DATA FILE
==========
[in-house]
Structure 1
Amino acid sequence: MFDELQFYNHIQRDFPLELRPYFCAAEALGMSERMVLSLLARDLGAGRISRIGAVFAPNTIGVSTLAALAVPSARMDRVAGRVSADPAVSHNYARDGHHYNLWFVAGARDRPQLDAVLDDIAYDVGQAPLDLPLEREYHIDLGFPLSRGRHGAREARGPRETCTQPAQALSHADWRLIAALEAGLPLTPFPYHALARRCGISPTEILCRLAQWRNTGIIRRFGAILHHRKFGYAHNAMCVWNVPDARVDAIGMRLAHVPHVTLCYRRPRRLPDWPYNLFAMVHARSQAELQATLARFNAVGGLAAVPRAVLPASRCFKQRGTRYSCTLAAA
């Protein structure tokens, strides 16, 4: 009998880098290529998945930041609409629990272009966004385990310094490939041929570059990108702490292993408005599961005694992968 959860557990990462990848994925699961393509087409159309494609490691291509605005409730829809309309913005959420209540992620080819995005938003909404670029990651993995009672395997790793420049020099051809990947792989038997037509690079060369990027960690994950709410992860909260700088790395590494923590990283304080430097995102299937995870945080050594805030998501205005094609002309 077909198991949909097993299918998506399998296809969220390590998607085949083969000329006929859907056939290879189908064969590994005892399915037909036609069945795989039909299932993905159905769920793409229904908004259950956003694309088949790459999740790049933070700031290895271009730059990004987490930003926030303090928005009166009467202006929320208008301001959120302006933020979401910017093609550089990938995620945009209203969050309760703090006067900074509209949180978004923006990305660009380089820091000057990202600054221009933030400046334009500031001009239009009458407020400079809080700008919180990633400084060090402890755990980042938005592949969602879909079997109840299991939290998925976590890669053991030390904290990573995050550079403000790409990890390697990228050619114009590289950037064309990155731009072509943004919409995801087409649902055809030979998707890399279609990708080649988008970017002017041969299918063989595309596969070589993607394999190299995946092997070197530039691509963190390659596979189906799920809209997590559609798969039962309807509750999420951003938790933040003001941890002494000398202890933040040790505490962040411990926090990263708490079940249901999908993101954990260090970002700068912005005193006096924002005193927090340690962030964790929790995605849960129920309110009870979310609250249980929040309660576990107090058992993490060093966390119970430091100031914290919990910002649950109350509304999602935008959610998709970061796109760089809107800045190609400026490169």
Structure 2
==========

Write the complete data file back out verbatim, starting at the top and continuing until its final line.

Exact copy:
[in-house]
Structure 1
Amino acid sequence: MFDELQFYNHIQRDFPLELRPYFCAAEALGMSERMVLSLLARDLGAGRISRIGAVFAPNTIGVSTLAALAVPSARMDRVAGRVSADPAVSHNYARDGHHYNLWFVAGARDRPQLDAVLDDIAYDVGQAPLDLPLEREYHIDLGFPLSRGRHGAREARGPRETCTQPAQALSHADWRLIAALEAGLPLTPFPYHALARRCGISPTEILCRLAQWRNTGIIRRFGAILHHRKFGYAHNAMCVWNVPDARVDAIGMRLAHVPHVTLCYRRPRRLPDWPYNLFAMVHARSQAELQATLARFNAVGGLAAVPRAVLPASRCFKQRGTRYSCTLAAA
């Protein structure tokens, strides 16, 4: 009998880098290529998945930041609409629990272009966004385990310094490939041929570059990108702490292993408005599961005694992968 959860557990990462990848994925699961393509087409159309494609490691291509605005409730829809309309913005959420209540992620080819995005938003909404670029990651993995009672395997790793420049020099051809990947792989038997037509690079060369990027960690994950709410992860909260700088790395590494923590990283304080430097995102299937995870945080050594805030998501205005094609002309 077909198991949909097993299918998506399998296809969220390590998607085949083969000329006929859907056939290879189908064969590994005892399915037909036609069945795989039909299932993905159905769920793409229904908004259950956003694309088949790459999740790049933070700031290895271009730059990004987490930003926030303090928005009166009467202006929320208008301001959120302006933020979401910017093609550089990938995620945009209203969050309760703090006067900074509209949180978004923006990305660009380089820091000057990202600054221009933030400046334009500031001009239009009458407020400079809080700008919180990633400084060090402890755990980042938005592949969602879909079997109840299991939290998925976590890669053991030390904290990573995050550079403000790409990890390697990228050619114009590289950037064309990155731009072509943004919409995801087409649902055809030979998707890399279609990708080649988008970017002017041969299918063989595309596969070589993607394999190299995946092997070197530039691509963190390659596979189906799920809209997590559609798969039962309807509750999420951003938790933040003001941890002494000398202890933040040790505490962040411990926090990263708490079940249901999908993101954990260090970002700068912005005193006096924002005193927090340690962030964790929790995605849960129920309110009870979310609250249980929040309660576990107090058992993490060093966390119970430091100031914290919990910002649950109350509304999602935008959610998709970061796109760089809107800045190609400026490169």
Structure 2